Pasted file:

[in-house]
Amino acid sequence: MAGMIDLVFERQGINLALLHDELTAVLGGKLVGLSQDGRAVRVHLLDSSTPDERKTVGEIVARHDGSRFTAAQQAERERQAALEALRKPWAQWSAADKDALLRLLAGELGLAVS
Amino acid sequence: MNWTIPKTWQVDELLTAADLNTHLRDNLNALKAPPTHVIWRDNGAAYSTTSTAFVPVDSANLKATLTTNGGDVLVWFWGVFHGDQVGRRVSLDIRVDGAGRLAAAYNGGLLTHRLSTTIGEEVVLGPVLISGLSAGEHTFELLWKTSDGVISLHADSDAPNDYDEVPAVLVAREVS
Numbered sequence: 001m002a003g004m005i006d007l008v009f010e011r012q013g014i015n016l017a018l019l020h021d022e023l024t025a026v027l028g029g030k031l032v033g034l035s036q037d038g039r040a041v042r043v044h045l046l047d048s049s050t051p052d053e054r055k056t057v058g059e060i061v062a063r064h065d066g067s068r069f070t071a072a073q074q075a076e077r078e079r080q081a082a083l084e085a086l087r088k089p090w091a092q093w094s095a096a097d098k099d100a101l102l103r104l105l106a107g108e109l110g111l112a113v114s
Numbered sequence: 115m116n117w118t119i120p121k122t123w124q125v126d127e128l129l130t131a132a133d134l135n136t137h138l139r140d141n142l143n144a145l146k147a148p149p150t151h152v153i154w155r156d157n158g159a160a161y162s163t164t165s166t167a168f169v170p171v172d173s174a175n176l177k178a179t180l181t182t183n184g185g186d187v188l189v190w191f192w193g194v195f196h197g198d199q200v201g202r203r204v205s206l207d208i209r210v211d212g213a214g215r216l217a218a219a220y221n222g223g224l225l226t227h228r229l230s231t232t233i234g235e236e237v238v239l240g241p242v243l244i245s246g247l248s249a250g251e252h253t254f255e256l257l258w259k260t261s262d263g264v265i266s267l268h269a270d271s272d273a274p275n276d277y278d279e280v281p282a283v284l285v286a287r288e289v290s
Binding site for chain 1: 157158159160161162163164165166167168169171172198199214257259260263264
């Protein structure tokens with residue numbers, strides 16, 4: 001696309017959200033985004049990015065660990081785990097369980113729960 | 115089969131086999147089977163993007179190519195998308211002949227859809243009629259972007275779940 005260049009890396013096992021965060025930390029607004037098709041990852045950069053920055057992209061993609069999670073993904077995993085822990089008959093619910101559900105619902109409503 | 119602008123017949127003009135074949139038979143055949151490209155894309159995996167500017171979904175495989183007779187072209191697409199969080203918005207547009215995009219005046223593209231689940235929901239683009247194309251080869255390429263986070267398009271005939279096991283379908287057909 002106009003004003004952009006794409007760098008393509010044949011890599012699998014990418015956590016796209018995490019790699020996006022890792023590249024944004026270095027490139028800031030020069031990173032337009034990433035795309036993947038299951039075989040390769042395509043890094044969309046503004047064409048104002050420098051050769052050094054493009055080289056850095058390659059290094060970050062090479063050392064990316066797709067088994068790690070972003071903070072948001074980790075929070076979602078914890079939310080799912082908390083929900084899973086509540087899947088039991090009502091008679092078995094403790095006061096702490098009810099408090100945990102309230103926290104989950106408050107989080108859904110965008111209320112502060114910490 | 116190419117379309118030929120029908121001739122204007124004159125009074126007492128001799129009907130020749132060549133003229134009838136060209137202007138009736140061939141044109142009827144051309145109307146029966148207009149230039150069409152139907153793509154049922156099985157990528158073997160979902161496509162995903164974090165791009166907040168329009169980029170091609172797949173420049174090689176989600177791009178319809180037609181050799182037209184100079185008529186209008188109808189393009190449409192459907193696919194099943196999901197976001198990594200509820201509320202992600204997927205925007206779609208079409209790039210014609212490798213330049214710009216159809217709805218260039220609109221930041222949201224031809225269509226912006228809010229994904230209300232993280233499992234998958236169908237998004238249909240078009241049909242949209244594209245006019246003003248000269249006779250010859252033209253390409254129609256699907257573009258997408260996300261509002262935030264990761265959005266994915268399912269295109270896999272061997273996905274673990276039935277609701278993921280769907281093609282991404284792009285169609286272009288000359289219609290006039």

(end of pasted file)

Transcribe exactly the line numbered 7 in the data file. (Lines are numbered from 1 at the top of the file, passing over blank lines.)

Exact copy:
């Protein structure tokens with residue numbers, strides 16, 4: 001696309017959200033985004049990015065660990081785990097369980113729960 | 115089969131086999147089977163993007179190519195998308211002949227859809243009629259972007275779940 005260049009890396013096992021965060025930390029607004037098709041990852045950069053920055057992209061993609069999670073993904077995993085822990089008959093619910101559900105619902109409503 | 119602008123017949127003009135074949139038979143055949151490209155894309159995996167500017171979904175495989183007779187072209191697409199969080203918005207547009215995009219005046223593209231689940235929901239683009247194309251080869255390429263986070267398009271005939279096991283379908287057909 002106009003004003004952009006794409007760098008393509010044949011890599012699998014990418015956590016796209018995490019790699020996006022890792023590249024944004026270095027490139028800031030020069031990173032337009034990433035795309036993947038299951039075989040390769042395509043890094044969309046503004047064409048104002050420098051050769052050094054493009055080289056850095058390659059290094060970050062090479063050392064990316066797709067088994068790690070972003071903070072948001074980790075929070076979602078914890079939310080799912082908390083929900084899973086509540087899947088039991090009502091008679092078995094403790095006061096702490098009810099408090100945990102309230103926290104989950106408050107989080108859904110965008111209320112502060114910490 | 116190419117379309118030929120029908121001739122204007124004159125009074126007492128001799129009907130020749132060549133003229134009838136060209137202007138009736140061939141044109142009827144051309145109307146029966148207009149230039150069409152139907153793509154049922156099985157990528158073997160979902161496509162995903164974090165791009166907040168329009169980029170091609172797949173420049174090689176989600177791009178319809180037609181050799182037209184100079185008529186209008188109808189393009190449409192459907193696919194099943196999901197976001198990594200509820201509320202992600204997927205925007206779609208079409209790039210014609212490798213330049214710009216159809217709805218260039220609109221930041222949201224031809225269509226912006228809010229994904230209300232993280233499992234998958236169908237998004238249909240078009241049909242949209244594209245006019246003003248000269249006779250010859252033209253390409254129609256699907257573009258997408260996300261509002262935030264990761265959005266994915268399912269295109270896999272061997273996905274673990276039935277609701278993921280769907281093609282991404284792009285169609286272009288000359289219609290006039």